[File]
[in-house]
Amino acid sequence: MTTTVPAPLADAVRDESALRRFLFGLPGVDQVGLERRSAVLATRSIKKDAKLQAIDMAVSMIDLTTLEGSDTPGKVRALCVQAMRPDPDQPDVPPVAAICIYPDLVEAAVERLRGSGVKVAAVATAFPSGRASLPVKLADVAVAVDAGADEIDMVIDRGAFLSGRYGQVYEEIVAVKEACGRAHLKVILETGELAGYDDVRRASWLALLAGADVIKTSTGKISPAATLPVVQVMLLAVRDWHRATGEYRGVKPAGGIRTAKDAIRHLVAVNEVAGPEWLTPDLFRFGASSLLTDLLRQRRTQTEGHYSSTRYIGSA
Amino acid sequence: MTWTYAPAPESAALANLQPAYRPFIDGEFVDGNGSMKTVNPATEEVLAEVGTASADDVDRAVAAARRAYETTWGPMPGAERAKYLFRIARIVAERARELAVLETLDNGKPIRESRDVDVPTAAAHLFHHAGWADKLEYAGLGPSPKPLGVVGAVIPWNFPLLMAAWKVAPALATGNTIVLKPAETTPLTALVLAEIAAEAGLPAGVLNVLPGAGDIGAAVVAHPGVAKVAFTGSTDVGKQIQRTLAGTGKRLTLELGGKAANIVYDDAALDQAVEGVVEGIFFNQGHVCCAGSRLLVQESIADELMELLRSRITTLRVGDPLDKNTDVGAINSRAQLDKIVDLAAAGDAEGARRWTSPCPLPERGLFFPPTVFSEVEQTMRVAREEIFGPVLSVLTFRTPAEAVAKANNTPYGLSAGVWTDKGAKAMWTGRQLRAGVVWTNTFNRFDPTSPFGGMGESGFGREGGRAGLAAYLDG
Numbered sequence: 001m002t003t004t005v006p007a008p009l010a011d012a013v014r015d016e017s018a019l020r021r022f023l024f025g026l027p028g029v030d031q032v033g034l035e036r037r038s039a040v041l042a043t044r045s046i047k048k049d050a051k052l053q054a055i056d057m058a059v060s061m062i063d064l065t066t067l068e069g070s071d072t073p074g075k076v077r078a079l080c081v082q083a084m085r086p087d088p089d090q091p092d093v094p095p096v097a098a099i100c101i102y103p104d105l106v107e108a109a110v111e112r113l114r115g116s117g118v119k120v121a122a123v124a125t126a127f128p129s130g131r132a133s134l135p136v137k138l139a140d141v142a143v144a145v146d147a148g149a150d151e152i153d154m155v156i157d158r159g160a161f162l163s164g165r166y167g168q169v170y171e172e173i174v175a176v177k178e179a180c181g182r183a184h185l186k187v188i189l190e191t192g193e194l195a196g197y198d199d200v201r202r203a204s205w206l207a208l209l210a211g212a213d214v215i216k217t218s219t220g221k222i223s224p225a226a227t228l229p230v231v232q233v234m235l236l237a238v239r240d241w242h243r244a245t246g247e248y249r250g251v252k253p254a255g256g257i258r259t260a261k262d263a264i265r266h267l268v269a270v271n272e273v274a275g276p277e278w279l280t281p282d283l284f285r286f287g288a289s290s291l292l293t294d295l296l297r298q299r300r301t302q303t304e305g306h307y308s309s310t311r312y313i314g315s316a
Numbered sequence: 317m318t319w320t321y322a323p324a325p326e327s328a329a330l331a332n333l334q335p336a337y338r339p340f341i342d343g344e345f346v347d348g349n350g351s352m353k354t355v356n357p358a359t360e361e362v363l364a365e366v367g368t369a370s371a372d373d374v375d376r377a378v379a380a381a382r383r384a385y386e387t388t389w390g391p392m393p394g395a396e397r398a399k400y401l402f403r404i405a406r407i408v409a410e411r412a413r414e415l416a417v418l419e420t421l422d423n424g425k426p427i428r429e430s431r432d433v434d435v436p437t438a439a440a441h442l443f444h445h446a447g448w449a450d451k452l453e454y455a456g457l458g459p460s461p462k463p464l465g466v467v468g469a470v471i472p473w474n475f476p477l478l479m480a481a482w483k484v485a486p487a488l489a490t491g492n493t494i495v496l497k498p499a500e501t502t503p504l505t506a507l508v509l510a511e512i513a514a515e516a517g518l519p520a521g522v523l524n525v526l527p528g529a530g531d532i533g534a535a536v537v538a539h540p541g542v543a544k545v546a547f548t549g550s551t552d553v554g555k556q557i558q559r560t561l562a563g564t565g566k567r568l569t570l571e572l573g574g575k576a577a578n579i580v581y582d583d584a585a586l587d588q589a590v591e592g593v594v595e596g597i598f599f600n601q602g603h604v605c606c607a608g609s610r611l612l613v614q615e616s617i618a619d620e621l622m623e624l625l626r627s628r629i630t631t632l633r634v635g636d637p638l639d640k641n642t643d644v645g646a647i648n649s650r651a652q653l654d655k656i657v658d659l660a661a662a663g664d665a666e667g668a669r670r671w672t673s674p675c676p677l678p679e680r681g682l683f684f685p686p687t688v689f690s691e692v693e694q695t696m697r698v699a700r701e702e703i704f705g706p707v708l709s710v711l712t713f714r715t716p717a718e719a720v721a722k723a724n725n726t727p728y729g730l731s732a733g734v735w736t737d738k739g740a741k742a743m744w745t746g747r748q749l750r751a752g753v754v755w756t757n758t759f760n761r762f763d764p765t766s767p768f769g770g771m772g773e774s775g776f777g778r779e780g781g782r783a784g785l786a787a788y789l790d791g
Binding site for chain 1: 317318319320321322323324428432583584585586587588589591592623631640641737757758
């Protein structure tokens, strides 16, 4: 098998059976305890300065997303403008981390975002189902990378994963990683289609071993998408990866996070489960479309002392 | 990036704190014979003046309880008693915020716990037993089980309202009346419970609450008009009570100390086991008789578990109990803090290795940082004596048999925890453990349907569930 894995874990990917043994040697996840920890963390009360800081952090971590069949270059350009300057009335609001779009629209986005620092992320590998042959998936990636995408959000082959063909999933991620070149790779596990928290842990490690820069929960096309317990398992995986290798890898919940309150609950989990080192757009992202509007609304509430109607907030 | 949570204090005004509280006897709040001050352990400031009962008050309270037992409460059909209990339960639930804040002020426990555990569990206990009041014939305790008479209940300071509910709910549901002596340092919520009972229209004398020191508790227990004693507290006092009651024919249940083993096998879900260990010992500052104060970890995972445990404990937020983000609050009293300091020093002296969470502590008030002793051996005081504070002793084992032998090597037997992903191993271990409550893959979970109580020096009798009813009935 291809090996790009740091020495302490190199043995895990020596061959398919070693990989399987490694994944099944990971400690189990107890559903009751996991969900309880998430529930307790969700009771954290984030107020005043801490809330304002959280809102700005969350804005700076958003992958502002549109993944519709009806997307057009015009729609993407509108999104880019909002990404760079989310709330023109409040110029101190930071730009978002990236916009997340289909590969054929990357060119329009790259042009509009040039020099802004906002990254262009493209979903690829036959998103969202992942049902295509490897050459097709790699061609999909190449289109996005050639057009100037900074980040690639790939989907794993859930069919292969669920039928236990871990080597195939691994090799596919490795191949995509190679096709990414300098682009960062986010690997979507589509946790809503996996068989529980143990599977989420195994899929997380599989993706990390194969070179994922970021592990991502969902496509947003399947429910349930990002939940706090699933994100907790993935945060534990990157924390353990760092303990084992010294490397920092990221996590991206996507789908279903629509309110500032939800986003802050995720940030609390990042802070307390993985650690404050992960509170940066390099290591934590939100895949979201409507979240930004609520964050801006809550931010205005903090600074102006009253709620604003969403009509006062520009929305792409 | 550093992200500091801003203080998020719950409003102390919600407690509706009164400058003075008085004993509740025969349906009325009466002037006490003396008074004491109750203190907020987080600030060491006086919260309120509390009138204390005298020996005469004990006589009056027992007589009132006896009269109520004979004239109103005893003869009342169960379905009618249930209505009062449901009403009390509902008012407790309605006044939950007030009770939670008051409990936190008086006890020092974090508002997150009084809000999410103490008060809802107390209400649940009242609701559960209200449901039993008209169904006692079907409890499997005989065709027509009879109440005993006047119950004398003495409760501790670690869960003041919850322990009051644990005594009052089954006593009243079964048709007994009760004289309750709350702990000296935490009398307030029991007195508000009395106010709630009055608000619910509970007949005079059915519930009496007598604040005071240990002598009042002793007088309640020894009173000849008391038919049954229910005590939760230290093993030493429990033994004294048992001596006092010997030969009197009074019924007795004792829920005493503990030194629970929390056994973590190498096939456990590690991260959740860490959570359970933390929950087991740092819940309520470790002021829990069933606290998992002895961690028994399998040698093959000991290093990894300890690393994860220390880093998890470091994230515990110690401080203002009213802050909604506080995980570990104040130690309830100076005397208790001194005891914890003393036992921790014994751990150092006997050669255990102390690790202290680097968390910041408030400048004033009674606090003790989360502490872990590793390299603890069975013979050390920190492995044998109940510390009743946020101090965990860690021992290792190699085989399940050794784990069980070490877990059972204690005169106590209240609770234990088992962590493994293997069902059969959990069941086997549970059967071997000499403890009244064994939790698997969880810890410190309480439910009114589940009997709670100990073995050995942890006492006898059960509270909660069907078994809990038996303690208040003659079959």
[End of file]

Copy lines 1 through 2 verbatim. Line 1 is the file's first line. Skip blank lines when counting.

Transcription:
[in-house]
Amino acid sequence: MTTTVPAPLADAVRDESALRRFLFGLPGVDQVGLERRSAVLATRSIKKDAKLQAIDMAVSMIDLTTLEGSDTPGKVRALCVQAMRPDPDQPDVPPVAAICIYPDLVEAAVERLRGSGVKVAAVATAFPSGRASLPVKLADVAVAVDAGADEIDMVIDRGAFLSGRYGQVYEEIVAVKEACGRAHLKVILETGELAGYDDVRRASWLALLAGADVIKTSTGKISPAATLPVVQVMLLAVRDWHRATGEYRGVKPAGGIRTAKDAIRHLVAVNEVAGPEWLTPDLFRFGASSLLTDLLRQRRTQTEGHYSSTRYIGSA